Convertible preferred stock is similar to convertible bonds. The holder of the convertible has the option to convert each share of preferred stock into a fixed number of shares of the issuing company's common stock. However, the conversion ratio for convertible preferred stock is typically small; it may even be as low as one for one. Unlike the interest payments of convertible bonds, dividends are paid only if the company's board of directors declares them. Although the number of convertible preferred stock issues has increased over the years, they're generally not as popular as convertible bonds.

Hybrid convertibles are debentures of one company that are convertible into the common stock of another company. Companies that have accumulated a substantial number of shares of a different organization can issue hybrid convertibles as a way of raising capital. Investors purchasing such issues should not only perform their due diligence to ensure that the debt of the issuing company is attractive, but that the equity and potential gains of the convertible company are appealing, as well.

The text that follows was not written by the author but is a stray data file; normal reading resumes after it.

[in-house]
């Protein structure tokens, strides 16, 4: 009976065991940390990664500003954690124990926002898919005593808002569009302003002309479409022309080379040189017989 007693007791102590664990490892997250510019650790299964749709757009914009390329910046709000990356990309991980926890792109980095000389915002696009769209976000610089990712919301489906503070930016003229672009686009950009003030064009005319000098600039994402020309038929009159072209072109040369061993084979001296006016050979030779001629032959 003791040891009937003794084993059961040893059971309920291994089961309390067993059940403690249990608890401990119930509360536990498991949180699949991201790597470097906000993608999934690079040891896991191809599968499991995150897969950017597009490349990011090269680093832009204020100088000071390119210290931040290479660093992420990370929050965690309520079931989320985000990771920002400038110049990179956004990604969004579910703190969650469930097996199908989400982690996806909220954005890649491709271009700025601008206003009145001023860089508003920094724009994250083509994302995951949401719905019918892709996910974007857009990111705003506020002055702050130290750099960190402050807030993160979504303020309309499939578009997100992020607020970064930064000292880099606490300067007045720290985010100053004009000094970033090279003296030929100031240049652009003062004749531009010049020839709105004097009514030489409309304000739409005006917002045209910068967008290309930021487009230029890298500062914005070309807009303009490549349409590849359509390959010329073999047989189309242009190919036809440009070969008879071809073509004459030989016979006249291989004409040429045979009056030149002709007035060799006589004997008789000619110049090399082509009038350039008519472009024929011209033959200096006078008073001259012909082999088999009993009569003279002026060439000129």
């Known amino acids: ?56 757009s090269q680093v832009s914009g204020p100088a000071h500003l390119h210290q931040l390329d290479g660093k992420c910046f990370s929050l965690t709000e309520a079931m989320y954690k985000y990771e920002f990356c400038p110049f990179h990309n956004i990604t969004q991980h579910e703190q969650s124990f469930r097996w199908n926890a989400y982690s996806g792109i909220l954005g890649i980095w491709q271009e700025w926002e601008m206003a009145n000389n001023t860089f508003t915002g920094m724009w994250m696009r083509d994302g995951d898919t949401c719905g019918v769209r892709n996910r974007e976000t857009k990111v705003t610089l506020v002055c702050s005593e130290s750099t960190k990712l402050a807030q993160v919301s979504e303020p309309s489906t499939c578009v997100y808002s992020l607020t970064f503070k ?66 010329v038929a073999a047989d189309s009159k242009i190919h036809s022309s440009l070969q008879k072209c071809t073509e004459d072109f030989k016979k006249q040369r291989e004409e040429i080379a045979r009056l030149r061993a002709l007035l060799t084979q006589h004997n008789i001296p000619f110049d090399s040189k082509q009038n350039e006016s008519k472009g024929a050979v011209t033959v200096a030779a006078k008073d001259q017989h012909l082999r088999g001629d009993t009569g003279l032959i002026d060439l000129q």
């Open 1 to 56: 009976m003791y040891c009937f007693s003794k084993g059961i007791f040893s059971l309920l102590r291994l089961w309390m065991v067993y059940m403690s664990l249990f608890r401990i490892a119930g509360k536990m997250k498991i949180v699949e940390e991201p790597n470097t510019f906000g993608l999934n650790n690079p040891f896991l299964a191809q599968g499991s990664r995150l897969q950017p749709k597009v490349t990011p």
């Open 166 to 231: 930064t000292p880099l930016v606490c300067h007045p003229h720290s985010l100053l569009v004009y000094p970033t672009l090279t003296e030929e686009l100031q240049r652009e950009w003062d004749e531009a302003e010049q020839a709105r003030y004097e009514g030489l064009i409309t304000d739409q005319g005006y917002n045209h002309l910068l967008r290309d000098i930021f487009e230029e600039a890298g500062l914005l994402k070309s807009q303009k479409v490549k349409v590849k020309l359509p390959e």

Another type of combination security is the payment in kind, or PIK. In some respects, PIKs resemble zero-coupon securities in that interest (or dividends in the case of preferred stock PIKs) isn't paid out in cash to the investor in the early years. Instead, it's paid in the form of additional securities of the underlying issue. For bonds, interest paid is in the form of additional bonds; for preferred stock, dividends would be in the form of more preferred shares.

PIKs tend to carry higher coupon rates to entice investors to buy. However, investors should examine the issuing company's financial status very carefully in order to determine the solidity of the organization and whether it's likely to still be solvent in future years. It must be remembered that with higher returns always come higher risks.

SIRENs, or step-up income redeemable equity notes, are convertible bonds that come with two coupons. The first coupon carries a below-market rate of interest. After a few years, the coupon increases to a higher rate that remains in effect until the bond's maturity. SIRENs have a convertible provision that allows holders to convert the notes into the issuer's common stock at a price determined by the issuer. This is known as the conversion price. As is characteristic with other convertibles, if the price of the common stock goes up, the holders stand make a profit. Conversely, if the stock goes down in value, holders of SIRENs are protected with a floor price on their notes, but they will nevertheless earn less than they would on a similar conventional bond.